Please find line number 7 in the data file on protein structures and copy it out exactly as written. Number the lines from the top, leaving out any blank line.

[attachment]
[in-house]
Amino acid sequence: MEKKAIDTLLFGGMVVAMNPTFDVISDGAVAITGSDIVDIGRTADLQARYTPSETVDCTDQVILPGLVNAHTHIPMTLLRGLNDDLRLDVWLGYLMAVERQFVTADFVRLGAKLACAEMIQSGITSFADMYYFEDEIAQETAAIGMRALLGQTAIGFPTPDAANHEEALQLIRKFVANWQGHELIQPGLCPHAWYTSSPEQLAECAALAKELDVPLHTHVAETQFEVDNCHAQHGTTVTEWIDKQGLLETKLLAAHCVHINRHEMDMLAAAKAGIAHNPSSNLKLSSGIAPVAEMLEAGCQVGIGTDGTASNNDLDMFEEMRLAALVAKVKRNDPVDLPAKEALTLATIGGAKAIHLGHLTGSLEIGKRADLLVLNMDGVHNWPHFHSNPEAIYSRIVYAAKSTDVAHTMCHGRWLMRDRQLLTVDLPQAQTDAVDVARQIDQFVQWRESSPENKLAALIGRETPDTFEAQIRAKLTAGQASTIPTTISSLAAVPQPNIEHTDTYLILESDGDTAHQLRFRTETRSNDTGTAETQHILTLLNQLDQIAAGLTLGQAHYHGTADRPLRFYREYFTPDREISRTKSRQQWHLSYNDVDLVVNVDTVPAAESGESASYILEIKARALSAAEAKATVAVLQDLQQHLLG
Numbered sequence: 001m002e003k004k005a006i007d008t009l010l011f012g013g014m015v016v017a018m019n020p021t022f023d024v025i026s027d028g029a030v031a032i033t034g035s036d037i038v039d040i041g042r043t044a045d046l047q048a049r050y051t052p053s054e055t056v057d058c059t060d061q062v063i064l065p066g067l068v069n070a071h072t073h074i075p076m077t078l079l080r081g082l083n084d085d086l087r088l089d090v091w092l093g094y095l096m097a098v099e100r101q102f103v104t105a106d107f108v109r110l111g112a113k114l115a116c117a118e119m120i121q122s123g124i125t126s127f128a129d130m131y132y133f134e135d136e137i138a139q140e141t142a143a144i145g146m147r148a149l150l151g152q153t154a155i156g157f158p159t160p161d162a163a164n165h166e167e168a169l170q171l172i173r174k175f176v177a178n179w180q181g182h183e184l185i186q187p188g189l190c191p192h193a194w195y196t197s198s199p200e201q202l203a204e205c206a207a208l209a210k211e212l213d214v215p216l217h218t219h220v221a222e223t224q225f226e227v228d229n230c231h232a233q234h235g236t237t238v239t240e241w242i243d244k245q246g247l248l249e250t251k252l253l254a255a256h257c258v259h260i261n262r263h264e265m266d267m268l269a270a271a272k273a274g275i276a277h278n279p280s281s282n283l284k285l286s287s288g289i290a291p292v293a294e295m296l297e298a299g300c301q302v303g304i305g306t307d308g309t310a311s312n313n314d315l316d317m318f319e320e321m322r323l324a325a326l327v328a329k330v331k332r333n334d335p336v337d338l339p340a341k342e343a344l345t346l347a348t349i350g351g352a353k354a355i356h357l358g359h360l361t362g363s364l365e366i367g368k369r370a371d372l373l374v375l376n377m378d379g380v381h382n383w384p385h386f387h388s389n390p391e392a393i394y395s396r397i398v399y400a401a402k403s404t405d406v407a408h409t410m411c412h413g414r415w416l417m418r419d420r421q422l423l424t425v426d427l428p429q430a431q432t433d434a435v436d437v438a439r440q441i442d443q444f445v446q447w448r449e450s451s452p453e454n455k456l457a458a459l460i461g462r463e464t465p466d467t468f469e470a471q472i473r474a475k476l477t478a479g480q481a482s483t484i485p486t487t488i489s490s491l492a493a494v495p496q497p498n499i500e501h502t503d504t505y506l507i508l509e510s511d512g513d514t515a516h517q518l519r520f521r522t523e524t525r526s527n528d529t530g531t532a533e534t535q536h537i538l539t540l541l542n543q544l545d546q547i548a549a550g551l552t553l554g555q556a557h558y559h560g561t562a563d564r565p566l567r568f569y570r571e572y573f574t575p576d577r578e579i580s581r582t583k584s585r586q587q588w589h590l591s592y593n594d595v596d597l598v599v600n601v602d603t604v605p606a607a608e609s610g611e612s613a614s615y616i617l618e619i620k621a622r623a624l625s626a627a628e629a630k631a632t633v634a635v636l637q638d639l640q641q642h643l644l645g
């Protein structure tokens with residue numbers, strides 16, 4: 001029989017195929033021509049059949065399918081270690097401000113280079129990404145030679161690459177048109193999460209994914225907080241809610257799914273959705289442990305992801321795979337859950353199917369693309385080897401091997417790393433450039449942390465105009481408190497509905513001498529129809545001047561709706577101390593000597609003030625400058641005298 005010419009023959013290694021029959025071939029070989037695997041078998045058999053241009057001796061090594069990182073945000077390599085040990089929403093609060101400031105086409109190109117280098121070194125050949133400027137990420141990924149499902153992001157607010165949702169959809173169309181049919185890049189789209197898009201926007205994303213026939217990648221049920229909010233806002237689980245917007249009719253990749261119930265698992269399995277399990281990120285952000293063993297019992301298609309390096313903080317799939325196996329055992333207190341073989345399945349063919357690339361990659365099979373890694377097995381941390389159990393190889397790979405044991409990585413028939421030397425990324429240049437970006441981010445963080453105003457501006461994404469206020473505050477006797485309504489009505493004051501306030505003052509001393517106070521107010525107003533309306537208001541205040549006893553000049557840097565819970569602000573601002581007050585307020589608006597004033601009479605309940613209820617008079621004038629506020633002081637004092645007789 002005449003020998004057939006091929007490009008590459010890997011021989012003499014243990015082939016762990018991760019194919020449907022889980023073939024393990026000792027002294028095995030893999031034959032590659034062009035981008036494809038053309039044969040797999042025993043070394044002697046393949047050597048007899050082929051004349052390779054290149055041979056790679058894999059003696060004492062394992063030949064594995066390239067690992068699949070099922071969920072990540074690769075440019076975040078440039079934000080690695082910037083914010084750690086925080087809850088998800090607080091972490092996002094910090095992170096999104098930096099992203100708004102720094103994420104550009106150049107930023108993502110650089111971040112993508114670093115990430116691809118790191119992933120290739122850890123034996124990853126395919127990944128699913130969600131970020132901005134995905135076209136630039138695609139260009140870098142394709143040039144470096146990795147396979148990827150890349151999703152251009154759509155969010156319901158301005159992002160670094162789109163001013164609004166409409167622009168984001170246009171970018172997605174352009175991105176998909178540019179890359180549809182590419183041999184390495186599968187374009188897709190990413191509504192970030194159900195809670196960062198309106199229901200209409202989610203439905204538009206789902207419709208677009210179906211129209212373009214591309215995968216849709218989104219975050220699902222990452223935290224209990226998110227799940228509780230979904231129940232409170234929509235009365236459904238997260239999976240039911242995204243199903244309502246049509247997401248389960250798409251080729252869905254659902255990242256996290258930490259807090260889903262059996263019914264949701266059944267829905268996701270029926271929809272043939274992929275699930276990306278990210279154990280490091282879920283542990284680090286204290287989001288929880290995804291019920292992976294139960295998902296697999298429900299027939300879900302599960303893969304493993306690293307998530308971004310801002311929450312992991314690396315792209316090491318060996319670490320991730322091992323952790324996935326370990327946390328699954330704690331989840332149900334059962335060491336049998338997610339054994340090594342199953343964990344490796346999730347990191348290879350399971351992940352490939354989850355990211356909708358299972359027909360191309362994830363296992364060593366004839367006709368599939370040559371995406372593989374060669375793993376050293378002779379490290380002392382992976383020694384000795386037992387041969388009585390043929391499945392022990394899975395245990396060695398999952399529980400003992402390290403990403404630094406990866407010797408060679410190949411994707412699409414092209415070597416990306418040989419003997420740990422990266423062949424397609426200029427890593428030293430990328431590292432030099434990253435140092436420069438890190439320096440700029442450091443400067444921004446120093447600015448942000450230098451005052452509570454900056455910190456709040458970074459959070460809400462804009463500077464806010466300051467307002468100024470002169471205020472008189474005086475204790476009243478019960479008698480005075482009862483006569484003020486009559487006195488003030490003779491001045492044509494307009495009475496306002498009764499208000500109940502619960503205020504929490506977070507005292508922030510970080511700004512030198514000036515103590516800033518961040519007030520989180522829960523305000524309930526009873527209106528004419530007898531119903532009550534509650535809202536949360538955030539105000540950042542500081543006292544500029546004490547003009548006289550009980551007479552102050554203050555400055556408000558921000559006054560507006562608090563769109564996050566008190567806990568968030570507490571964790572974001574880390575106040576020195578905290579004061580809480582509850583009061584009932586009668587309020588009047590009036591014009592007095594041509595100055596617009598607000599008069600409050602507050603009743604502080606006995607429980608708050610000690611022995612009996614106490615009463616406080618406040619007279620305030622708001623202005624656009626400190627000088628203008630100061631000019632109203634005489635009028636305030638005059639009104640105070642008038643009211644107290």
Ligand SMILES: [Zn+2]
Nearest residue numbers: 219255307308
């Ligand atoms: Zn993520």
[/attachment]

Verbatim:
């Ligand atoms: Zn993520």